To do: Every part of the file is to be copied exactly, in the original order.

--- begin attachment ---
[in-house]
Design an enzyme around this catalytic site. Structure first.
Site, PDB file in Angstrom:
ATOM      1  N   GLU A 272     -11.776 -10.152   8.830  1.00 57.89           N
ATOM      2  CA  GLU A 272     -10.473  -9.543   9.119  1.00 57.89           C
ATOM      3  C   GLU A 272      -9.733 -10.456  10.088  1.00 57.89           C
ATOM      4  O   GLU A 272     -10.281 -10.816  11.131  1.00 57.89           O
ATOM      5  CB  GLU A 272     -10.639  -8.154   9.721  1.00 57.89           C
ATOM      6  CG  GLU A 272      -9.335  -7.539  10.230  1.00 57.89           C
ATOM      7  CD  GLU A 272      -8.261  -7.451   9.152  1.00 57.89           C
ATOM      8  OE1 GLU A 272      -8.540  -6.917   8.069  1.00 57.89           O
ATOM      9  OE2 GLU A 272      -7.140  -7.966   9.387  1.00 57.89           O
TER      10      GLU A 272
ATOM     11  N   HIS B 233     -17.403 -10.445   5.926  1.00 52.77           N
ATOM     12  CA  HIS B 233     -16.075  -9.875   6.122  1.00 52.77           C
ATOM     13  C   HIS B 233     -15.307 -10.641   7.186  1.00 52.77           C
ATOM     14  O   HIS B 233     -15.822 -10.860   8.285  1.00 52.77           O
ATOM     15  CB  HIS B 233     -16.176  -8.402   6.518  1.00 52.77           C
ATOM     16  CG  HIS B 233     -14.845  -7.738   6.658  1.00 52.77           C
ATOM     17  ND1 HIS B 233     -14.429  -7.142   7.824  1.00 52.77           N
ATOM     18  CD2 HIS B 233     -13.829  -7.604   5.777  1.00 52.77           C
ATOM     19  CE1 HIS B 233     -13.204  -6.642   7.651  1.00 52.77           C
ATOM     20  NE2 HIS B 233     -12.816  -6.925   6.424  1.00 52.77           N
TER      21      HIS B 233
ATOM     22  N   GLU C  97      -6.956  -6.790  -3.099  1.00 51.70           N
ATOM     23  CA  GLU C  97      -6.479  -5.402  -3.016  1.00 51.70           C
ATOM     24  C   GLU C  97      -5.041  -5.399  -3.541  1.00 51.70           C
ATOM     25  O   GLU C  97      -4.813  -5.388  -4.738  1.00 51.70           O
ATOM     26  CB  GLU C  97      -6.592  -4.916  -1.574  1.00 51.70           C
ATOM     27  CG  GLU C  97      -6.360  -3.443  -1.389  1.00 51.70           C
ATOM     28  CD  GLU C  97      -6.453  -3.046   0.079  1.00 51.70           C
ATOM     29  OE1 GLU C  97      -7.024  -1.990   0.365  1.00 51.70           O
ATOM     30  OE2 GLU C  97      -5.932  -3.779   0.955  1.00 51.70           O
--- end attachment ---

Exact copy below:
[in-house]
Design an enzyme around this catalytic site. Structure first.
Site, PDB file in Angstrom:
ATOM      1  N   GLU A 272     -11.776 -10.152   8.830  1.00 57.89           N
ATOM      2  CA  GLU A 272     -10.473  -9.543   9.119  1.00 57.89           C
ATOM      3  C   GLU A 272      -9.733 -10.456  10.088  1.00 57.89           C
ATOM      4  O   GLU A 272     -10.281 -10.816  11.131  1.00 57.89           O
ATOM      5  CB  GLU A 272     -10.639  -8.154   9.721  1.00 57.89           C
ATOM      6  CG  GLU A 272      -9.335  -7.539  10.230  1.00 57.89           C
ATOM      7  CD  GLU A 272      -8.261  -7.451   9.152  1.00 57.89           C
ATOM      8  OE1 GLU A 272      -8.540  -6.917   8.069  1.00 57.89           O
ATOM      9  OE2 GLU A 272      -7.140  -7.966   9.387  1.00 57.89           O
TER      10      GLU A 272
ATOM     11  N   HIS B 233     -17.403 -10.445   5.926  1.00 52.77           N
ATOM     12  CA  HIS B 233     -16.075  -9.875   6.122  1.00 52.77           C
ATOM     13  C   HIS B 233     -15.307 -10.641   7.186  1.00 52.77           C
ATOM     14  O   HIS B 233     -15.822 -10.860   8.285  1.00 52.77           O
ATOM     15  CB  HIS B 233     -16.176  -8.402   6.518  1.00 52.77           C
ATOM     16  CG  HIS B 233     -14.845  -7.738   6.658  1.00 52.77           C
ATOM     17  ND1 HIS B 233     -14.429  -7.142   7.824  1.00 52.77           N
ATOM     18  CD2 HIS B 233     -13.829  -7.604   5.777  1.00 52.77           C
ATOM     19  CE1 HIS B 233     -13.204  -6.642   7.651  1.00 52.77           C
ATOM     20  NE2 HIS B 233     -12.816  -6.925   6.424  1.00 52.77           N
TER      21      HIS B 233
ATOM     22  N   GLU C  97      -6.956  -6.790  -3.099  1.00 51.70           N
ATOM     23  CA  GLU C  97      -6.479  -5.402  -3.016  1.00 51.70           C
ATOM     24  C   GLU C  97      -5.041  -5.399  -3.541  1.00 51.70           C
ATOM     25  O   GLU C  97      -4.813  -5.388  -4.738  1.00 51.70           O
ATOM     26  CB  GLU C  97      -6.592  -4.916  -1.574  1.00 51.70           C
ATOM     27  CG  GLU C  97      -6.360  -3.443  -1.389  1.00 51.70           C
ATOM     28  CD  GLU C  97      -6.453  -3.046   0.079  1.00 51.70           C
ATOM     29  OE1 GLU C  97      -7.024  -1.990   0.365  1.00 51.70           O
ATOM     30  OE2 GLU C  97      -5.932  -3.779   0.955  1.00 51.70           O